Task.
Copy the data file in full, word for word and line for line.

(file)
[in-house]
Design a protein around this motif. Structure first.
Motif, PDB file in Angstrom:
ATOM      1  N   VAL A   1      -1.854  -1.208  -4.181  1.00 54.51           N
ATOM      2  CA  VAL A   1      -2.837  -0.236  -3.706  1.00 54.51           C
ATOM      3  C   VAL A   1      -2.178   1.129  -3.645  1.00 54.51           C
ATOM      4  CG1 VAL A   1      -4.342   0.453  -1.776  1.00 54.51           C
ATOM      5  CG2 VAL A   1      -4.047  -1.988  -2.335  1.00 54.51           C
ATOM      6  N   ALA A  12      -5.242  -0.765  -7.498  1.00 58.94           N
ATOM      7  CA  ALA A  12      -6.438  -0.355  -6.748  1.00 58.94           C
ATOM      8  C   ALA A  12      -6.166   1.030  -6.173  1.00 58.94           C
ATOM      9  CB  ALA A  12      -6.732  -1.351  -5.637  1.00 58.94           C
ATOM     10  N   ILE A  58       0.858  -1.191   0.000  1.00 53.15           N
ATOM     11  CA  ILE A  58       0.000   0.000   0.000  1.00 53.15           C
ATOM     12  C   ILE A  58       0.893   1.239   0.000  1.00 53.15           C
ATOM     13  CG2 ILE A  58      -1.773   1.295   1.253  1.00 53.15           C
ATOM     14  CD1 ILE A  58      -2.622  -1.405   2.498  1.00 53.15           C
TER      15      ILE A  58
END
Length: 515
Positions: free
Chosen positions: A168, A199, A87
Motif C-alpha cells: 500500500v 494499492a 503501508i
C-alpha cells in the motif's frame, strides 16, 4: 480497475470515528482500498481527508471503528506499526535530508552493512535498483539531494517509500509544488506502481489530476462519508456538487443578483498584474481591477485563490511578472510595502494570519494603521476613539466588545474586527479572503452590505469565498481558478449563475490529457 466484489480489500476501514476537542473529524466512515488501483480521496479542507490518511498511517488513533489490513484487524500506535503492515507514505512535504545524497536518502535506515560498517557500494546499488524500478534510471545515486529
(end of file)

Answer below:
[in-house]
Design a protein around this motif. Structure first.
Motif, PDB file in Angstrom:
ATOM      1  N   VAL A   1      -1.854  -1.208  -4.181  1.00 54.51           N
ATOM      2  CA  VAL A   1      -2.837  -0.236  -3.706  1.00 54.51           C
ATOM      3  C   VAL A   1      -2.178   1.129  -3.645  1.00 54.51           C
ATOM      4  CG1 VAL A   1      -4.342   0.453  -1.776  1.00 54.51           C
ATOM      5  CG2 VAL A   1      -4.047  -1.988  -2.335  1.00 54.51           C
ATOM      6  N   ALA A  12      -5.242  -0.765  -7.498  1.00 58.94           N
ATOM      7  CA  ALA A  12      -6.438  -0.355  -6.748  1.00 58.94           C
ATOM      8  C   ALA A  12      -6.166   1.030  -6.173  1.00 58.94           C
ATOM      9  CB  ALA A  12      -6.732  -1.351  -5.637  1.00 58.94           C
ATOM     10  N   ILE A  58       0.858  -1.191   0.000  1.00 53.15           N
ATOM     11  CA  ILE A  58       0.000   0.000   0.000  1.00 53.15           C
ATOM     12  C   ILE A  58       0.893   1.239   0.000  1.00 53.15           C
ATOM     13  CG2 ILE A  58      -1.773   1.295   1.253  1.00 53.15           C
ATOM     14  CD1 ILE A  58      -2.622  -1.405   2.498  1.00 53.15           C
TER      15      ILE A  58
END
Length: 515
Positions: free
Chosen positions: A168, A199, A87
Motif C-alpha cells: 500500500v 494499492a 503501508i
C-alpha cells in the motif's frame, strides 16, 4: 480497475470515528482500498481527508471503528506499526535530508552493512535498483539531494517509500509544488506502481489530476462519508456538487443578483498584474481591477485563490511578472510595502494570519494603521476613539466588545474586527479572503452590505469565498481558478449563475490529457 466484489480489500476501514476537542473529524466512515488501483480521496479542507490518511498511517488513533489490513484487524500506535503492515507514505512535504545524497536518502535506515560498517557500494546499488524500478534510471545515486529